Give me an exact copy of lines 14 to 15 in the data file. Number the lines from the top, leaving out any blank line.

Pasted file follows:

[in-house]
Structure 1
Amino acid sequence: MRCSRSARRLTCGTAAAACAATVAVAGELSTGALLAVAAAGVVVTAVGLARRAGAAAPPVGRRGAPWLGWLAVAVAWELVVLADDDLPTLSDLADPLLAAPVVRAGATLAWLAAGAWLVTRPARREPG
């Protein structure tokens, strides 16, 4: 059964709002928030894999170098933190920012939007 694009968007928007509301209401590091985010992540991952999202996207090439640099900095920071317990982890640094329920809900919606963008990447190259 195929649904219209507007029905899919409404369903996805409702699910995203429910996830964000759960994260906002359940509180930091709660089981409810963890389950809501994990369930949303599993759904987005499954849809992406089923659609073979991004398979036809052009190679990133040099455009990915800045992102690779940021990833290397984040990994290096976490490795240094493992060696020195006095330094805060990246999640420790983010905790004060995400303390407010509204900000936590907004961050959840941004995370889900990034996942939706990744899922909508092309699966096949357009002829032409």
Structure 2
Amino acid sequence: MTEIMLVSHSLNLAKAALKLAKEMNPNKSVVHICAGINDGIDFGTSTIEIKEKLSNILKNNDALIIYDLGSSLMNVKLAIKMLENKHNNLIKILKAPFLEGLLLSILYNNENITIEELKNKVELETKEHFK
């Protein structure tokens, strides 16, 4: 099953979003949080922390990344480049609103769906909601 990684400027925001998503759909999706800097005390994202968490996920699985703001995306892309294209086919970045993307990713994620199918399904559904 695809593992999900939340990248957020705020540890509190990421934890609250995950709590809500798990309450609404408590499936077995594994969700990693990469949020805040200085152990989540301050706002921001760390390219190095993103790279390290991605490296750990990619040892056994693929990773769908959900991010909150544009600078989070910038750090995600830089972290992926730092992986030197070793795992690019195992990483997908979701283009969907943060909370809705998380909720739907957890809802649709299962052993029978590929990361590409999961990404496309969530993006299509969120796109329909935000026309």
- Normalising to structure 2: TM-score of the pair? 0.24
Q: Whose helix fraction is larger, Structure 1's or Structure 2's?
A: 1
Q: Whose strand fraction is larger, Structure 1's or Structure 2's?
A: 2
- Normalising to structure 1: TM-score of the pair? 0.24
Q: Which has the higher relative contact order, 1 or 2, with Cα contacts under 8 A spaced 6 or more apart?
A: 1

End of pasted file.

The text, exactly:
Q: Which has the higher relative contact order, 1 or 2, with Cα contacts under 8 A spaced 6 or more apart?
A: 1